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June 13th, 2011, 03:02 AM  #11 
Senior Member Joined: Feb 2010 Posts: 706 Thanks: 141  Re: Probability
The original poster's question was "three letters are selected at random from the word BIOLOGY. Find the number of ways in doing this". If the original poster's intent is that BOO is the same as BOO and that BLY is the same as LYB, then the answer is 25. If the original poster's intent is that BOO is the same as BOO but that BLY is different from LYB, then the answer is 135. If the original poster's intent is that BOO is different from BOO and BLY is different from LYB and the answer is then 210. 
June 13th, 2011, 05:07 AM  #12  
Senior Member Joined: Feb 2010 Posts: 706 Thanks: 141  Re: Probability Quote:
but there are two ways to choose OO.  
June 14th, 2011, 02:57 AM  #13  
Senior Member Joined: Apr 2011 From: USA Posts: 782 Thanks: 1  Re: Probability Quote:
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June 14th, 2011, 03:16 AM  #14  
Senior Member Joined: Apr 2011 From: USA Posts: 782 Thanks: 1  Re: Probability Quote:
It's 4! = 24, and I don't feel like writing all those out, but you get the point that I'm saying the two's O's there aren't the same ones. And neither are the two N's. Granted it will look alike if you flip those O's around. But I may not be looking at the same tile you are. Let's say instead we each have an N. If we traded, they'd look the same, but they wouldn't be the same tiles, so that's a different way of placing them. They may look alike, and from that standpoint neither of us cares which tile it happens to be. If I desparately need an N to make a cool word, I really don't care which one I get. But if I want to know the probability of getting one, then they have to become distinctive  if there's say 4 of them total, then I could pick any of the 4 and there would be 4 different ways to pick one.  
June 14th, 2011, 04:43 AM  #15  
Senior Member Joined: Feb 2010 Posts: 706 Thanks: 141  Re: Probability Quote:
I just reached in and pulled out B,O,L. Which one was it? The first O or the second O? If you are calculating probability, then BOL has frequency 2 since there are two O's. However if you are just counting the ways that you can pull three tiles out of the hat then there is only the one outcome.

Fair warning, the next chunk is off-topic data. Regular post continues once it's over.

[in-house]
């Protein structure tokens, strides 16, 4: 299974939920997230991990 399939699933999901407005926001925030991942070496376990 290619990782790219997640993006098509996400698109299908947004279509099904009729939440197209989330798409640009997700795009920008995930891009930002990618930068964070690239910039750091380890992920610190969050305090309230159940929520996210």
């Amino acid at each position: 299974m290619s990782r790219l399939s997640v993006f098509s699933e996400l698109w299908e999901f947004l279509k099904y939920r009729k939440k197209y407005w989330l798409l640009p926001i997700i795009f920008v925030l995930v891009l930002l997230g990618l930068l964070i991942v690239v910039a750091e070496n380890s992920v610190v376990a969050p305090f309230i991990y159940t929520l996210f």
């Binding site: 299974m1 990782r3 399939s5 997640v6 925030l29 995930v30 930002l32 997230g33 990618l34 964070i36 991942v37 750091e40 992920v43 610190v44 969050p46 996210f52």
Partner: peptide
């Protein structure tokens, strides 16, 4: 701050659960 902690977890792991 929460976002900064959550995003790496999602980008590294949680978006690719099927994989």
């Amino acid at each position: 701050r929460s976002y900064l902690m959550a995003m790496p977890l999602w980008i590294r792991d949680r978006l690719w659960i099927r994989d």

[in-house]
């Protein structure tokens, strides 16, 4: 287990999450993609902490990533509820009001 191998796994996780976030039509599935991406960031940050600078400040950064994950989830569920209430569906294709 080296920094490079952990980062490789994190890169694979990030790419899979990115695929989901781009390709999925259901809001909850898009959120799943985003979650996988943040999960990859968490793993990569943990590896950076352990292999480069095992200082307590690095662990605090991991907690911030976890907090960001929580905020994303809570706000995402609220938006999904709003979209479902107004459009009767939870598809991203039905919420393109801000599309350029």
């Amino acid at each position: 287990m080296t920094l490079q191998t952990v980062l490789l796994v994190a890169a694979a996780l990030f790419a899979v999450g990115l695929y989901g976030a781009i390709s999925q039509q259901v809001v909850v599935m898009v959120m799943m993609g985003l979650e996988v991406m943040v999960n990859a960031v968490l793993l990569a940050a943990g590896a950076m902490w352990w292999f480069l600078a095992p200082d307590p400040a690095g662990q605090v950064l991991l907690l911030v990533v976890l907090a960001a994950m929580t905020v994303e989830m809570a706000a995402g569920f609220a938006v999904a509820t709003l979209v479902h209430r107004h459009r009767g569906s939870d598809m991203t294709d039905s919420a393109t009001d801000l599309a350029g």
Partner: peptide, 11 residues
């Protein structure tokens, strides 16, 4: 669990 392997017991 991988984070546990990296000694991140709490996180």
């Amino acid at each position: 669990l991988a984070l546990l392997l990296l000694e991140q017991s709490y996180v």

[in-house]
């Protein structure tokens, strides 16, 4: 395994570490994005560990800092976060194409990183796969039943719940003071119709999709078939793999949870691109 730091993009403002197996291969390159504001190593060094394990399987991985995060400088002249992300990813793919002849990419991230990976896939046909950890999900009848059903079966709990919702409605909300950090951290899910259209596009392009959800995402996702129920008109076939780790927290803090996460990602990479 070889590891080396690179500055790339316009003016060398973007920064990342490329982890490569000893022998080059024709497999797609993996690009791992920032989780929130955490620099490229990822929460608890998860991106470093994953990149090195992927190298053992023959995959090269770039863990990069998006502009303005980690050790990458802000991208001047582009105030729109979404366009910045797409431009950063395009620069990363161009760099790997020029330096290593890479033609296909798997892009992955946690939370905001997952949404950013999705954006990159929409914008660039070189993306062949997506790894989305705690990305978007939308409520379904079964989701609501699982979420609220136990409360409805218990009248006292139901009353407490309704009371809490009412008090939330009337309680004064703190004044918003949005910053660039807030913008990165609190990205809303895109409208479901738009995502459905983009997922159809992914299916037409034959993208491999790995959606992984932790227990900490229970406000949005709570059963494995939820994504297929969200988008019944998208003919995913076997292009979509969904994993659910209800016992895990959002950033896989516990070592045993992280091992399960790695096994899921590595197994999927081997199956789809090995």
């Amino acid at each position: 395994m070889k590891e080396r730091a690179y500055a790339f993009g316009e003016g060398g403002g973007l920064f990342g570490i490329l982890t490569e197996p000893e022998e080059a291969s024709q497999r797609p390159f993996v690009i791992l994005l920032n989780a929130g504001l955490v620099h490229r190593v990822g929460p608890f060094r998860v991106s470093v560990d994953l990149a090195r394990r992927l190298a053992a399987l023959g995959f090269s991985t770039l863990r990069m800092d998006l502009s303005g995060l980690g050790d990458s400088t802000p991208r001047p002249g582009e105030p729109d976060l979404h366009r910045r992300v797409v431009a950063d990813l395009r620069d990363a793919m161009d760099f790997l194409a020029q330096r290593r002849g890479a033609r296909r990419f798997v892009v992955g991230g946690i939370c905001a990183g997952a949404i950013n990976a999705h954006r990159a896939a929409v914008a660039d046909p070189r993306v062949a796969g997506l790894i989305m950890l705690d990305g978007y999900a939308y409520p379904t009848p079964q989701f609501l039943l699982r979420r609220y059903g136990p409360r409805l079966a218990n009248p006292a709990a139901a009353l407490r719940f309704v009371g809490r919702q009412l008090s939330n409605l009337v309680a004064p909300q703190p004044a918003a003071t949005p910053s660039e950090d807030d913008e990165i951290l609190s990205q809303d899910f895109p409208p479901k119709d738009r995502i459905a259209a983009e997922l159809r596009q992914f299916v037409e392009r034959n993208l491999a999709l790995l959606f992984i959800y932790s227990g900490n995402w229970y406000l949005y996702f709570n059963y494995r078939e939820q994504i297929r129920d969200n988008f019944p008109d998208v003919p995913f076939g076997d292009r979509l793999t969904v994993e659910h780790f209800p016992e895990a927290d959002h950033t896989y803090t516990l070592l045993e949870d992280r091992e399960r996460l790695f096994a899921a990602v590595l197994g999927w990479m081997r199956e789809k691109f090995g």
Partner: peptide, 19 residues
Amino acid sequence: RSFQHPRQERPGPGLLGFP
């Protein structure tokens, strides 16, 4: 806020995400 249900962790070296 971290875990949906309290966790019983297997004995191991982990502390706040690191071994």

June 14th, 2011, 06:09 AM  #16  
Senior Member Joined: Feb 2010 Posts: 706 Thanks: 141  Re: Probability
I think I see where the area of disagreement is arising. The original poster's question was Quote:
As far as NOON goes, the answer is . This is a standard high school problem. For the technique, I refer you to Applied Combinatorics by Fred Roberts, Applied Combinatorics by Alan Tucker, or Enumerative Combinatorics by Richard Stanley.  
June 14th, 2011, 06:16 PM  #17  
Senior Member Joined: Apr 2011 From: USA Posts: 782 Thanks: 1  Re: Probability Quote:
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Let me ask you one more question: If there were 3 white marbles in a bag, how many ways are there for you to pick one white marble?  
June 14th, 2011, 06:41 PM  #18  
Senior Member Joined: Apr 2011 From: USA Posts: 782 Thanks: 1  Re: Probability Quote:
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Why does "number of ways" suddenly mean something completely different if we aren't doing a probability? In this problem, when you go to figure the probabilities presented, that 35 has to go in the denominator. In most problems I've seen, if they ask the "number of ways" something can be done prior to asking for a probability, they're kind of taking it one step at a time and "setting you up" for getting the probability. The "number of ways" to pick 3 letters has to go into the denominator. Why should it mean something different when they first asked the "number of ways" to do this? Where and how did that meaning change? (Which is a good thing to ask whoever put that question/solution together.)  
June 14th, 2011, 07:05 PM  #19 
Senior Member Joined: Feb 2010 Posts: 706 Thanks: 141  Re: Probability
Applied Combinatorics by Fred Roberts, PrenticeHall (ISBN:0130393134) P. 50 #8 How many different "words" can be formed using all the letters of the word renegotiate? Answer: 
June 14th, 2011, 08:36 PM  #20 
Senior Member Joined: Apr 2011 From: USA Posts: 782 Thanks: 1  Re: Probability
That's an entirely different thing. Age using one of the e's is the same word as age using the 2nd e or the 3rd e. That isn't the same question at all. Being the "same word" is in a sense the same as what I mean by the "way it looks." But even though "age" would be the same word regardless of which e you used, aren't there THREE WAYS to form it? "How many ways" and "how many words can you make" are not the same question! Not to mention that if you're making words, then AGE isn't the same as GEA. The problem didn't ask how many words you could make out of biology. Nor would BIG and GIB be two different things in the problem. So your example is an entirely different situation. You haven't answered any of the questions I've asked you. I asked them so that you would stop and think about it. You're too busy using examples that are entirely different things just to prove your answer. I have no issue continuing this discussion. But if you aren't addressing anything I'm saying or answering the questions I'm asking you to think about, you're just being an annoyance. Try addressing the questions I have posed. Is that blood I see dripping off the back of my head.... 

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